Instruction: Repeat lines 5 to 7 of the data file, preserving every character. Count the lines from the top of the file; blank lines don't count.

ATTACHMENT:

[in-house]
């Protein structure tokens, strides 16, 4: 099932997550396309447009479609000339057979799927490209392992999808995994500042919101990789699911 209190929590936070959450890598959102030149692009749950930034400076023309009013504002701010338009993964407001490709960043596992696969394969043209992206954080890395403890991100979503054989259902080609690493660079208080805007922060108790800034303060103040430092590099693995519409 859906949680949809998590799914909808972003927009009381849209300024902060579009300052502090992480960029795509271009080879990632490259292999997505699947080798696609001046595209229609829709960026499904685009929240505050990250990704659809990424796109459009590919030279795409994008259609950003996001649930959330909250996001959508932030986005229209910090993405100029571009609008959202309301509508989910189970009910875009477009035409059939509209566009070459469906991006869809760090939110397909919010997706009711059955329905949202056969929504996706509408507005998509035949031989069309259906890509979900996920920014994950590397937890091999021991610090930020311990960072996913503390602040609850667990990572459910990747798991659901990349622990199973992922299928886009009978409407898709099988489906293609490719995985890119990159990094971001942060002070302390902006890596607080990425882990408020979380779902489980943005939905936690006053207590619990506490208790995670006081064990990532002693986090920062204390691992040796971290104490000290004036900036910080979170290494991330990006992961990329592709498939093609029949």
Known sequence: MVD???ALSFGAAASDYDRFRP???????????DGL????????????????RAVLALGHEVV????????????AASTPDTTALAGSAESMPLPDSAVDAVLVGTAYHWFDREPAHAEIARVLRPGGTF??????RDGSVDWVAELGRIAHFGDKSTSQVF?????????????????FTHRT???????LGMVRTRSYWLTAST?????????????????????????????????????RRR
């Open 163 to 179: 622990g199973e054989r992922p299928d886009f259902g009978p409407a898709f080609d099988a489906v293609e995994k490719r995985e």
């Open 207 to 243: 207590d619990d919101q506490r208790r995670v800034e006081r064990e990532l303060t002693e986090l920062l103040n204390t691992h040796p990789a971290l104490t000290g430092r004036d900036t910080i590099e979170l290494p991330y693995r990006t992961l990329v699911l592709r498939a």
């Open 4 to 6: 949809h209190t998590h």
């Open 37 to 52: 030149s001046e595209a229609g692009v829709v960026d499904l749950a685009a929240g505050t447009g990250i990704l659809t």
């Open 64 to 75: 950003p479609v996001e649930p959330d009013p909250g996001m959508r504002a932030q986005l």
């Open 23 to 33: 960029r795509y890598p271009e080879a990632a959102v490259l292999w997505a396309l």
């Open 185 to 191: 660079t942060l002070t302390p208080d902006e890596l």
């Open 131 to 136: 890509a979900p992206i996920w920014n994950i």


């Open 207 to 243: 207590d619990d919101q506490r208790r995670v800034e006081r064990e990532l303060t002693e986090l920062l103040n204390t691992h040796p990789a971290l104490t000290g430092r004036d900036t910080i590099e979170l290494p991330y693995r990006t992961l990329v699911l592709r498939a």
């Open 4 to 6: 949809h209190t998590h």
């Open 37 to 52: 030149s001046e595209a229609g692009v829709v960026d499904l749950a685009a929240g505050t447009g990250i990704l659809t």